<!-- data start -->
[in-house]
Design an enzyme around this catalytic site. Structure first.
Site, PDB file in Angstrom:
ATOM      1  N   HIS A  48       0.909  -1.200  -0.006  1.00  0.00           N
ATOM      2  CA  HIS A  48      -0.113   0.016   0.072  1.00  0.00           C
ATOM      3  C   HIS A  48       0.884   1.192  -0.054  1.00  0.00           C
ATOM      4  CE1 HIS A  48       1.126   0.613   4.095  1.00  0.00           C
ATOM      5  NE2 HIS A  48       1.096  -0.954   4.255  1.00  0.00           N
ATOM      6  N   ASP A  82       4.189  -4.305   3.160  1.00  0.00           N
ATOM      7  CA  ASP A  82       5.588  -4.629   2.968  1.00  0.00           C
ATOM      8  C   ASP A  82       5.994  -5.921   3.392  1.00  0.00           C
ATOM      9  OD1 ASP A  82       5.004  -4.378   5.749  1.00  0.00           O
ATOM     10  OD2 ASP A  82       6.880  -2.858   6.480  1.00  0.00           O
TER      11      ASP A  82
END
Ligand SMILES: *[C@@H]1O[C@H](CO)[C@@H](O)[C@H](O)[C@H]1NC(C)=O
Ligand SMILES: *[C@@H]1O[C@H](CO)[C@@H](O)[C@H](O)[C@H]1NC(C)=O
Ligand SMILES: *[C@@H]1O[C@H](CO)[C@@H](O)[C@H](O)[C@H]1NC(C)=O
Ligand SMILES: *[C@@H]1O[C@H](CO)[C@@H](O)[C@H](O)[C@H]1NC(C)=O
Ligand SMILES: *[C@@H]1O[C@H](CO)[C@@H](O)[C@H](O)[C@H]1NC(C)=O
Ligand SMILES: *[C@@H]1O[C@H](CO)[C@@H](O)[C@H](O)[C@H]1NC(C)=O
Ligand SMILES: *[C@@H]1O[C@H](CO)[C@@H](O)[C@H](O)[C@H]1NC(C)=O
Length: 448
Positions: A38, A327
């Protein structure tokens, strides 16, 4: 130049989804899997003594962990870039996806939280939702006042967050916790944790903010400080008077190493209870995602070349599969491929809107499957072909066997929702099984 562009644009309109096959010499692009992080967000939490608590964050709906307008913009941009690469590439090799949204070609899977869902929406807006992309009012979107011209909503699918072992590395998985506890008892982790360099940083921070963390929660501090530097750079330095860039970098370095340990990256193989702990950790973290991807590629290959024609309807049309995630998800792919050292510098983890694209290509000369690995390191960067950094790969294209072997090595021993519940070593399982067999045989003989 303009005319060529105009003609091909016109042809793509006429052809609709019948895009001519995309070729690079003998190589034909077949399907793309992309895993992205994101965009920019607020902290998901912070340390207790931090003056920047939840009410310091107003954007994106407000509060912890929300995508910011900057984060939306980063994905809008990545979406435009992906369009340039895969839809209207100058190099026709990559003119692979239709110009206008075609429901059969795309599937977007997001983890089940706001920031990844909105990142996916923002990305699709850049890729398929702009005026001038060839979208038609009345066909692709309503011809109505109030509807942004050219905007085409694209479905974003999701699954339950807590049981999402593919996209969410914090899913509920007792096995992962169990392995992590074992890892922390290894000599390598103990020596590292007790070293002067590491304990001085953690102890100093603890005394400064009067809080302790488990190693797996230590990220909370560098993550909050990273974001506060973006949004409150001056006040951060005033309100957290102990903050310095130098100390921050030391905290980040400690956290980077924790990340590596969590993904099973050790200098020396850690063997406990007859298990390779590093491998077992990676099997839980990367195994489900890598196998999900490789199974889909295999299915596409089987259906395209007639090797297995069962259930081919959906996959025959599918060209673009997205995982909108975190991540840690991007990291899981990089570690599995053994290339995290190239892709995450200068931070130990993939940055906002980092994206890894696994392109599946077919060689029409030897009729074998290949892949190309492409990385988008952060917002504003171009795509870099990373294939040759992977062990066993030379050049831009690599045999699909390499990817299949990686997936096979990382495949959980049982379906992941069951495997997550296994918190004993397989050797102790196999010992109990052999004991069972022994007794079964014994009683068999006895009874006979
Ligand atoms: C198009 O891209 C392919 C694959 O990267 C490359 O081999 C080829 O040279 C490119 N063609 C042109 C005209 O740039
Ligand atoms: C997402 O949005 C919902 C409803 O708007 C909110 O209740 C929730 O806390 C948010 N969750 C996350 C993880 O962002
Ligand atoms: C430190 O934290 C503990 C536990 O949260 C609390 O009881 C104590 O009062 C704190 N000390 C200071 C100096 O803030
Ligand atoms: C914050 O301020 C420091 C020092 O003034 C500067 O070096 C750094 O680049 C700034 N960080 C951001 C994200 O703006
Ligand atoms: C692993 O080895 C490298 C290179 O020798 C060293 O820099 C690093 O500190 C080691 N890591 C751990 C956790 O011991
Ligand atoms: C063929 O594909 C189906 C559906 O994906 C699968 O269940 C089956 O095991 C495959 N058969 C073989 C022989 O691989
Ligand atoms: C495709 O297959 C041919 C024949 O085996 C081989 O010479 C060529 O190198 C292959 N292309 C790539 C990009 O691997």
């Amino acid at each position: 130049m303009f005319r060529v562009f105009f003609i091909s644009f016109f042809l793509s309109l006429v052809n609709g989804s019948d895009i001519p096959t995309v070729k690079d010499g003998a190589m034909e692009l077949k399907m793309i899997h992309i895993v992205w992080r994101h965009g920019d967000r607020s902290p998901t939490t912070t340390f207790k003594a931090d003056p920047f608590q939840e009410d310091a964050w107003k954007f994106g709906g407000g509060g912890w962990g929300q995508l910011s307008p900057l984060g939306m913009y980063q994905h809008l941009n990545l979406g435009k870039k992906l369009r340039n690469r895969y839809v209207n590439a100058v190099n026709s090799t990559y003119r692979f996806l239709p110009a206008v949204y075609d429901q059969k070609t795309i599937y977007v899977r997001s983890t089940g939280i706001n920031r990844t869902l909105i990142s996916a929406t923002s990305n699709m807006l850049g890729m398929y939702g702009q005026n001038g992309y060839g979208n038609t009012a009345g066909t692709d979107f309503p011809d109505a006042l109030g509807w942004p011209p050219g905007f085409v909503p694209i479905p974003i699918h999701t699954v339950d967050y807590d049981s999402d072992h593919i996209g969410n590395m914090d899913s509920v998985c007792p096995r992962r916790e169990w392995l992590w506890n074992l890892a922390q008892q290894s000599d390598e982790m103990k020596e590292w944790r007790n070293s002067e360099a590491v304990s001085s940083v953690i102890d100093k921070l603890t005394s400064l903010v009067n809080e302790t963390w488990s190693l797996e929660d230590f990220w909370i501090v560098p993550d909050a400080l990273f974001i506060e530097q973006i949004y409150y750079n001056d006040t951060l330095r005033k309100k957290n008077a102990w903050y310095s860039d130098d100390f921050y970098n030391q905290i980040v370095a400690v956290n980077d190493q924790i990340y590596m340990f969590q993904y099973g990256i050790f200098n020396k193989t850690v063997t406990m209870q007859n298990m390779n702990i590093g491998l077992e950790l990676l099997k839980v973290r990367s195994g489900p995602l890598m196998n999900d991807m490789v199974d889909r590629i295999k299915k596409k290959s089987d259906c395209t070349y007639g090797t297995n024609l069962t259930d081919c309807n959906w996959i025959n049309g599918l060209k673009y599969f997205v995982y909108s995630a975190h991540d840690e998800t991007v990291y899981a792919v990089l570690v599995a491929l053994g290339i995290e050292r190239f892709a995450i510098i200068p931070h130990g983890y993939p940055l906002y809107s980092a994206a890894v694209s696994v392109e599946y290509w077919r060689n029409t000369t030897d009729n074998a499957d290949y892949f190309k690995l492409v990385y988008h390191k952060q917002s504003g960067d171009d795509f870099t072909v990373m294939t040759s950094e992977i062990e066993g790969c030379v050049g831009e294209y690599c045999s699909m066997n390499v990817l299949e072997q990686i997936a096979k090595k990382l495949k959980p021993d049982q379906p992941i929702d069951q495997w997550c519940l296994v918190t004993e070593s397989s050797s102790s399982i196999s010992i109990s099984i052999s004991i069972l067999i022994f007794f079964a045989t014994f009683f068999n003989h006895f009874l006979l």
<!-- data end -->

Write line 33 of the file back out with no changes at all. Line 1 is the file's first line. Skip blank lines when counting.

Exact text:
């Amino acid at each position: 130049m303009f005319r060529v562009f105009f003609i091909s644009f016109f042809l793509s309109l006429v052809n609709g989804s019948d895009i001519p096959t995309v070729k690079d010499g003998a190589m034909e692009l077949k399907m793309i899997h992309i895993v992205w992080r994101h965009g920019d967000r607020s902290p998901t939490t912070t340390f207790k003594a931090d003056p920047f608590q939840e009410d310091a964050w107003k954007f994106g709906g407000g509060g912890w962990g929300q995508l910011s307008p900057l984060g939306m913009y980063q994905h809008l941009n990545l979406g435009k870039k992906l369009r340039n690469r895969y839809v209207n590439a100058v190099n026709s090799t990559y003119r692979f996806l239709p110009a206008v949204y075609d429901q059969k070609t795309i599937y977007v899977r997001s983890t089940g939280i706001n920031r990844t869902l909105i990142s996916a929406t923002s990305n699709m807006l850049g890729m398929y939702g702009q005026n001038g992309y060839g979208n038609t009012a009345g066909t692709d979107f309503p011809d109505a006042l109030g509807w942004p011209p050219g905007f085409v909503p694209i479905p974003i699918h999701t699954v339950d967050y807590d049981s999402d072992h593919i996209g969410n590395m914090d899913s509920v998985c007792p096995r992962r916790e169990w392995l992590w506890n074992l890892a922390q008892q290894s000599d390598e982790m103990k020596e590292w944790r007790n070293s002067e360099a590491v304990s001085s940083v953690i102890d100093k921070l603890t005394s400064l903010v009067n809080e302790t963390w488990s190693l797996e929660d230590f990220w909370i501090v560098p993550d909050a400080l990273f974001i506060e530097q973006i949004y409150y750079n001056d006040t951060l330095r005033k309100k957290n008077a102990w903050y310095s860039d130098d100390f921050y970098n030391q905290i980040v370095a400690v956290n980077d190493q924790i990340y590596m340990f969590q993904y099973g990256i050790f200098n020396k193989t850690v063997t406990m209870q007859n298990m390779n702990i590093g491998l077992e950790l990676l099997k839980v973290r990367s195994g489900p995602l890598m196998n999900d991807m490789v199974d889909r590629i295999k299915k596409k290959s089987d259906c395209t070349y007639g090797t297995n024609l069962t259930d081919c309807n959906w996959i025959n049309g599918l060209k673009y599969f997205v995982y909108s995630a975190h991540d840690e998800t991007v990291y899981a792919v990089l570690v599995a491929l053994g290339i995290e050292r190239f892709a995450i510098i200068p931070h130990g983890y993939p940055l906002y809107s980092a994206a890894v694209s696994v392109e599946y290509w077919r060689n029409t000369t030897d009729n074998a499957d290949y892949f190309k690995l492409v990385y988008h390191k952060q917002s504003g960067d171009d795509f870099t072909v990373m294939t040759s950094e992977i062990e066993g790969c030379v050049g831009e294209y690599c045999s699909m066997n390499v990817l299949e072997q990686i997936a096979k090595k990382l495949k959980p021993d049982q379906p992941i929702d069951q495997w997550c519940l296994v918190t004993e070593s397989s050797s102790s399982i196999s010992i109990s099984i052999s004991i069972l067999i022994f007794f079964a045989t014994f009683f068999n003989h006895f009874l006979l």